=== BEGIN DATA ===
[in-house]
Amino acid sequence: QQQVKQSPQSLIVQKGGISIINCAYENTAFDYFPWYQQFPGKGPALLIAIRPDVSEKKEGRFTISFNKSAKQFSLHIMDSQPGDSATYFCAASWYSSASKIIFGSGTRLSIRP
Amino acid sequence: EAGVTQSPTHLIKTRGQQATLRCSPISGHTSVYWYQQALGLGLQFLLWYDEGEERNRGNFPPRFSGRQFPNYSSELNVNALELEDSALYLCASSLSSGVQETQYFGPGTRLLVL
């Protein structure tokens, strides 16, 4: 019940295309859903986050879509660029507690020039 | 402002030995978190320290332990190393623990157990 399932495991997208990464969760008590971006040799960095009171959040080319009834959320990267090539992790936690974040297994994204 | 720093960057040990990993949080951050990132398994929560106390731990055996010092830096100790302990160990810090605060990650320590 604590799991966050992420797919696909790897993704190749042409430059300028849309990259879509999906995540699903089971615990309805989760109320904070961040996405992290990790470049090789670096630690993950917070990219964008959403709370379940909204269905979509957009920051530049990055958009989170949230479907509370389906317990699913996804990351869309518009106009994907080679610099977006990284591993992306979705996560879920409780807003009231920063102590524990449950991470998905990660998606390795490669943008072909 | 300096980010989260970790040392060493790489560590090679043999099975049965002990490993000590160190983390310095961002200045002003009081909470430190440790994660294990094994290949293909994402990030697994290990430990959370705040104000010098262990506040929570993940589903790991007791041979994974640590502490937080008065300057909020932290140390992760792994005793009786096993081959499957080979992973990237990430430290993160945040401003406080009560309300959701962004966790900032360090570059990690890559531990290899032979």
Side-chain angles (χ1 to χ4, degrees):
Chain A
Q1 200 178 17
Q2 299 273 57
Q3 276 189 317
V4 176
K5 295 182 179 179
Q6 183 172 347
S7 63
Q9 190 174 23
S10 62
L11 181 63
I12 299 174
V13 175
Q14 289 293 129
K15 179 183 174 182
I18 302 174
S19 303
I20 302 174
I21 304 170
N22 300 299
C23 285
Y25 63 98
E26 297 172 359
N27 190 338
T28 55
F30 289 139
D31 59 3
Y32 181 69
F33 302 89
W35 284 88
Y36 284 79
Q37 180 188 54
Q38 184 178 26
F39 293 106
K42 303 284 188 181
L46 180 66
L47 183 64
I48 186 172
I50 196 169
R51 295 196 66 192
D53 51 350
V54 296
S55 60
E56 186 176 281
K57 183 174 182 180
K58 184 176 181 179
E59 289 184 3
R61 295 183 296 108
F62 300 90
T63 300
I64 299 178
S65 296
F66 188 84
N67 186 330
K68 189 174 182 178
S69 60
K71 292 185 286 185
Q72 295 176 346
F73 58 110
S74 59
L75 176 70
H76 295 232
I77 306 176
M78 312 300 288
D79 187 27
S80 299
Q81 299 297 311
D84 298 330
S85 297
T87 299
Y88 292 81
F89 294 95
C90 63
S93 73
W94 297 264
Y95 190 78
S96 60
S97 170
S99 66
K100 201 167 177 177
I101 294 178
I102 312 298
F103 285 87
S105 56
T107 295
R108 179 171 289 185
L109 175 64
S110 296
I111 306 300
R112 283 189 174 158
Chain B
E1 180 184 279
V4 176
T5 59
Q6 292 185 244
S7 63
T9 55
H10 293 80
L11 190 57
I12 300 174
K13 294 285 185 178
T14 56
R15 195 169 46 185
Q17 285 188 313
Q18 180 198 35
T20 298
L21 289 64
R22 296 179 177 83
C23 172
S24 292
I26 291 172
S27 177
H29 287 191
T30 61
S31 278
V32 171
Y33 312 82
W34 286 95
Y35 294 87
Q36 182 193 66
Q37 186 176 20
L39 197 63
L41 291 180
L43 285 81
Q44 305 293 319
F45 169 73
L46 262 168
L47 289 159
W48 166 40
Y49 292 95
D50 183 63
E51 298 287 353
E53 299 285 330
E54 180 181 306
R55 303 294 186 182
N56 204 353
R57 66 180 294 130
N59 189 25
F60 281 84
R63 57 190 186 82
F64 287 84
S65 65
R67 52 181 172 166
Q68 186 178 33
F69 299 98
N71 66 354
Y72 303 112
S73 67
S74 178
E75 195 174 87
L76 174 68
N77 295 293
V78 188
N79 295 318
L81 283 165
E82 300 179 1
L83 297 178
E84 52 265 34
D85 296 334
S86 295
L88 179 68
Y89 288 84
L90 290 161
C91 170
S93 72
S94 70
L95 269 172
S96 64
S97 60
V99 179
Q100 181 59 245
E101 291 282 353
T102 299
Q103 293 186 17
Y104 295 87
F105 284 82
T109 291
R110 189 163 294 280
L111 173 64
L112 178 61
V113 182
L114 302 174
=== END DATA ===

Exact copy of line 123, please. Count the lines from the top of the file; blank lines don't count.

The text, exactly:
W34 286 95